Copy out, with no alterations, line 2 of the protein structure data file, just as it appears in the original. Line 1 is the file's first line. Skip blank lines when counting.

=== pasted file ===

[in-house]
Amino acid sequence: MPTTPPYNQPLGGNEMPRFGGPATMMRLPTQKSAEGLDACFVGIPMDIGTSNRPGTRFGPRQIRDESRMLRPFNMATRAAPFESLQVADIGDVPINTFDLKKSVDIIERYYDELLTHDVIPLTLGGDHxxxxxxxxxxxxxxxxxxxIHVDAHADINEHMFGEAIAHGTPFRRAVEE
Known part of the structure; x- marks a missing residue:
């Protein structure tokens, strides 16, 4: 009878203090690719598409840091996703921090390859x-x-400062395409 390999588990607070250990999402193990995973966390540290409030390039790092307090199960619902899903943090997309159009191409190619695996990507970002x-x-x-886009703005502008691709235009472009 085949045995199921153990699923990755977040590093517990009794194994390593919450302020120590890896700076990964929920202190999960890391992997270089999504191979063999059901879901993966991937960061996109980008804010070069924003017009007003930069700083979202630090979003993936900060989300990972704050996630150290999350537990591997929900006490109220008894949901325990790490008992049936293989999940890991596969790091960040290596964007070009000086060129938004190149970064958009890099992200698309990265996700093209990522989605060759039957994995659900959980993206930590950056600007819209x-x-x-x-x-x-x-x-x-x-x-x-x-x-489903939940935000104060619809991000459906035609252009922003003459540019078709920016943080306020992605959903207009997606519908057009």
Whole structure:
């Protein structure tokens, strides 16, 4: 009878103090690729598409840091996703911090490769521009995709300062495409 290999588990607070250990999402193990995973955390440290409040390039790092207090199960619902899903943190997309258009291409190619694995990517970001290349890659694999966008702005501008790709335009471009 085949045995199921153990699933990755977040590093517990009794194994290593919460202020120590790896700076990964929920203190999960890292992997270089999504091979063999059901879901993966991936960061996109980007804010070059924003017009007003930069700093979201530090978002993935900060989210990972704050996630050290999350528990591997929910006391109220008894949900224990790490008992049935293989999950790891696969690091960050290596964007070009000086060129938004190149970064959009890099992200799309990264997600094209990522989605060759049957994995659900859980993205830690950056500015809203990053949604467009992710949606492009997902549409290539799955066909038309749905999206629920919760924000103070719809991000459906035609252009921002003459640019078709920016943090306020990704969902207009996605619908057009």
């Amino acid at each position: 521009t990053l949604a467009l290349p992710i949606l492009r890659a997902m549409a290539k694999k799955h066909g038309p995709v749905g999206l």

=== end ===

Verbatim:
Amino acid sequence: MPTTPPYNQPLGGNEMPRFGGPATMMRLPTQKSAEGLDACFVGIPMDIGTSNRPGTRFGPRQIRDESRMLRPFNMATRAAPFESLQVADIGDVPINTFDLKKSVDIIERYYDELLTHDVIPLTLGGDHxxxxxxxxxxxxxxxxxxxIHVDAHADINEHMFGEAIAHGTPFRRAVEE